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Through a Screen Darkly: Looking Closer at Beauty, Truth and Evil in the Movies Paperback – February 5, 2007
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I'm also the kind of guy that likes to ponder what things mean. I don't often find this type of discussion in DVD extras. But I do find it in Jeffrey's book Through a Screen Darkly. He deftly weaves a tapestry of meaning based on movies--our national art form. He discusses faith and film thoughtfully, and personally. From his childhood with the Muppets, to his daily work as a film reviewer, Jeffrey talks about things and their meaning in a personal way--not abstract, not theoretical, but through the use of his own coming-of-age-as-a-movie-viewer story. Jeffrey is insightful on many levels--he knows many of the people he writes about, and has conversed with them over time. He watches their films and discusses their deeper meaning. He also has a lot of fun discussing what he cares so passionately about. His is not a dry read, but one filled with light and truth.
I'd encourage you to get a copy; see what you've been missing. Things mean things, and Jeffrey's insight will help you see better, too. Even in the dark.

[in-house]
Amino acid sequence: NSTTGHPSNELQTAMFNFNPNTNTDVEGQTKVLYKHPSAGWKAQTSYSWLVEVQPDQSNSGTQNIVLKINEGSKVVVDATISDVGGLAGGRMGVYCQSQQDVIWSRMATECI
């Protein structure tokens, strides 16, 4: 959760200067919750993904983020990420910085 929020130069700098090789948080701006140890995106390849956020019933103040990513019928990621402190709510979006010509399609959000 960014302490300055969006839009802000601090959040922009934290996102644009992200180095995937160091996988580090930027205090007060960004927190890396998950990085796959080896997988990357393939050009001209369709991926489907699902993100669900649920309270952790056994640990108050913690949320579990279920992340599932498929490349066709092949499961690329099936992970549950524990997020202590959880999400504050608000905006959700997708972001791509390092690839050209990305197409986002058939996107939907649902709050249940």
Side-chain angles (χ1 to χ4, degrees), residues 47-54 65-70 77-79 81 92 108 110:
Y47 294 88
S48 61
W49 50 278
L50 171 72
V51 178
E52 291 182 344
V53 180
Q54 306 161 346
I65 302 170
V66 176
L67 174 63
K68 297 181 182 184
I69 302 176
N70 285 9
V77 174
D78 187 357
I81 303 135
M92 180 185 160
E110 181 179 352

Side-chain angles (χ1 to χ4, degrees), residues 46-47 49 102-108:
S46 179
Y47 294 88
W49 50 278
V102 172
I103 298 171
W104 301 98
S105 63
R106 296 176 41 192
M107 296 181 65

He does so as a Christian writer. Scarcely a few decades ago, the phrase "Christian movie reviewer" might have seemed an oxymoron: entire denominations and churches shunned the theatre, believing it to be evil per se. Overstreet is a much-needed voice that helps postmodern Christians and others be fully engaged with their culture, yet move beyond its limitations to produce high-quality films. Emerging young film producers such as Dallas Jenkins, Aaron Beckum and Blake Nelson point the way toward a future in which Christian moviemakers may populate the screen with excellent, must-see fare.
The dialogue between Christianity and a secular culture draws and holds Overstreet's attention. He discovers and explores Divine images and themes in the films of Martin Scorsese, Krzysztof Kieslowski and others, finding values in these films that may not reflect the conscious decisions of the filmmakers. Overstreet is at his best as he highlights the moral conflicts and ethical choices that movies exemplify--which serve as perfect launching points for group discussions and coffee-shop conversations.
Jeffrey Overstreet draws on more than a decade of reviewing films: his work has been noted in TIME magazine and is often featured in Christianity Today. Reading through this carefully-researched and extremely well-written book is like taking a college-level course in film studies--from a Christian perspective.
Armchair Interviews says: You'll enjoy the experience of this book's message.